[Python-Dev] SF patch 864863: Bisect C implementation
bac at OCF.Berkeley.EDU
Thu Jan 1 17:26:26 EST 2004
Raymond Hettinger wrote:
>> The problem is that relegating stuff to Demo would very likely lead
>> to bitrot, which is not a good thing. Another advantage of having
>> working (and unit tested) pure-Python alternatives is that they are
>> easier to modify if you're experimenting with new features, or bug
>> fixes, etc.
>> OTOH, some of the really ancient Python modules will occasionally
>> need attention to bring them up to modern coding standards, idioms,
>> and practices.
> There a several ways to go:
> * have two visible modules like StringIO and cStringIO -- personally,
> I see the approach as clutter but it makes it possible to unittest
I agree with Raymond on this option; having two versions of the same
thing when there is no difference sans performance just clutters up the
stdlib. Kind of goes against TIOOWTDI.
> * put the C module behind the scenes and import it into the python
> module while leaving the old code conditionally excluded or just
> commented out.
But that has the same issue as moving it to Demo since it still won't be
used and thus tested.
> * if the code is short, move it to the docs -- the itertools module
> has pure python equivalents in the docs -- that makes the code
> accessible and makes the docs more informative -- this might work for
> bisect and heapq where the amount of code is small.
This is the best solution, but I am afraid that for the modules we are
discussing this does not work because of the amount of code.
I am afraid there is no good solution to this. Either we move the code
to a place where it is not really used (such as Demo, but we can add a
flag to regrtest.py to test modules in that directory so the bitrot is
not horrendous) or not used at all which begins to wear away the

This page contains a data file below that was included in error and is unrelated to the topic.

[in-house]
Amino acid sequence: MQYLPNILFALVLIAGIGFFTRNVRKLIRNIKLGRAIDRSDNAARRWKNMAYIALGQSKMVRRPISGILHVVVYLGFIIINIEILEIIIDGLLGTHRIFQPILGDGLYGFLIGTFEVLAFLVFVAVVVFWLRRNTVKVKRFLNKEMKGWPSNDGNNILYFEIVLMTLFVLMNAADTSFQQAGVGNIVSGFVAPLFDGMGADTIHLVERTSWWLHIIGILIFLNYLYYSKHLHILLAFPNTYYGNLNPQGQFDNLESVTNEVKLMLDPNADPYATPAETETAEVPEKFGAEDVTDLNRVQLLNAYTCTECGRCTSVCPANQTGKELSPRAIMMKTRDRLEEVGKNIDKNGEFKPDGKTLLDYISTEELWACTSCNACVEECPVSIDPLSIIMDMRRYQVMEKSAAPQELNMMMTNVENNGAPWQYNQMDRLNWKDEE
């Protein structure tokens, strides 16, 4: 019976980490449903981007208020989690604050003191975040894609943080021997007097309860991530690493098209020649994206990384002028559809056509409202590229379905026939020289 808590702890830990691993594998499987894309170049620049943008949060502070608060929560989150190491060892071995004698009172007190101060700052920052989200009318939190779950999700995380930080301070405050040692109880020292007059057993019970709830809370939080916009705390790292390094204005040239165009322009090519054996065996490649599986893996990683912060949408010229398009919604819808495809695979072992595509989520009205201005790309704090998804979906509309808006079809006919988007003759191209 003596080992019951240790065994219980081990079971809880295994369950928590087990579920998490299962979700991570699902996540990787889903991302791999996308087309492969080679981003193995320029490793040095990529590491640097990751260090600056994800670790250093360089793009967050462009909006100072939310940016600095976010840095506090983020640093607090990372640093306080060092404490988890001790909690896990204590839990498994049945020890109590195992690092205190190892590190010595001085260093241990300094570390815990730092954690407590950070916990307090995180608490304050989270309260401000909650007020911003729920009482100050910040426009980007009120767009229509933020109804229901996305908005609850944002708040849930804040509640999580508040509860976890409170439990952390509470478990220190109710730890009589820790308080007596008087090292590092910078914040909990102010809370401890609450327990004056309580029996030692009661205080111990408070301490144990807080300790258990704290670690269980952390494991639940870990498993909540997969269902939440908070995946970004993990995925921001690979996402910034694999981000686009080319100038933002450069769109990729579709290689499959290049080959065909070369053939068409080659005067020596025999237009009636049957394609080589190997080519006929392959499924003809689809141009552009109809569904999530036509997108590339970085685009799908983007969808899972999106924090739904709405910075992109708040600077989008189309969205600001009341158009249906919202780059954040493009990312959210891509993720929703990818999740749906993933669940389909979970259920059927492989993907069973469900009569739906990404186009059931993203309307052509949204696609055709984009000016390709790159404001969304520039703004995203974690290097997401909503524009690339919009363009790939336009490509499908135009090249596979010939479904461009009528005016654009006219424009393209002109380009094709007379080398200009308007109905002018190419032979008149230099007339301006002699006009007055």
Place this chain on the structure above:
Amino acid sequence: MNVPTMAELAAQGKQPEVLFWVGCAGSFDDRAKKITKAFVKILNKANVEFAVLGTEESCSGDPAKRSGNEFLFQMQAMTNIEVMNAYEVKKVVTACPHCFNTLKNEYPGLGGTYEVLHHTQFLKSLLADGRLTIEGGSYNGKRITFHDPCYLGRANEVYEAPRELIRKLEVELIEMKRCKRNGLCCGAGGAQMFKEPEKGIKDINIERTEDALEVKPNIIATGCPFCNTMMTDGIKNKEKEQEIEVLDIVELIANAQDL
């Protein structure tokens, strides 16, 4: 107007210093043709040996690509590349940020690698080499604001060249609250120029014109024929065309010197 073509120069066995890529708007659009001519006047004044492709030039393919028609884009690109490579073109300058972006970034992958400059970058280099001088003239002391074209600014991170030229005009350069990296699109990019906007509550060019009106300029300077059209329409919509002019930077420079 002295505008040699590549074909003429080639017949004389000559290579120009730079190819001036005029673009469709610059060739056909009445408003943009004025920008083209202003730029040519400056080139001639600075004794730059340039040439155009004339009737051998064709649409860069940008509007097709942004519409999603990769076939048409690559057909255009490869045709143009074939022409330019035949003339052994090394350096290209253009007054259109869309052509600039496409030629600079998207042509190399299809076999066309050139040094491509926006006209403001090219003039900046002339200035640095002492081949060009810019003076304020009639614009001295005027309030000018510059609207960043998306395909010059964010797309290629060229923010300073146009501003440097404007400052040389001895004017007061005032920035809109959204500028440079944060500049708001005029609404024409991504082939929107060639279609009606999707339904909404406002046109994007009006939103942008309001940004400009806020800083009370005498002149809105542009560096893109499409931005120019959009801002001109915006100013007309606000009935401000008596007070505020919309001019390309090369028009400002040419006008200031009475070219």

usefulness of keeping the code around in the first place.
Perhaps we need to just consider the fact that some modules have such
beautiful code in Python that we just leave them as such. Not
everything needs to be coded in C (and this is in no way meant to not
show appreciation to Raymond and anyone else who has converted Python
code to C! Some modules do have a basic performance need like bisect
that should be dealt with when possible). The main reason I was able to
get involved in python-dev was that I was able to jump in and help with
the Python code without much of a learning curve since it did not
require learning anything new beyond basic practices of the list.
Maintainability is a really important thing and each C module makes that
a little bit much harder.
I think now that this issue has come up it should be enough for people
to be aware that some people care enough about the Python code that this
probably won't be an issue in the future. If someone has doubts as to
whether someone will miss the Python code then they can just ask the
list for a quick opinion. But I trust everyone with checkin rights who
feels up to replacing a module to not be rash about it so I don't see a
need for a vote for every module.
As for dealing with the modules that have already been converted, I say
put them in Demo. There is no need to do the importing in a Python
module wrapper if there was enough of a performance reason to write it
in C. And if the code is wanted as reference stick it in the C code's
OK, back to the Summary.
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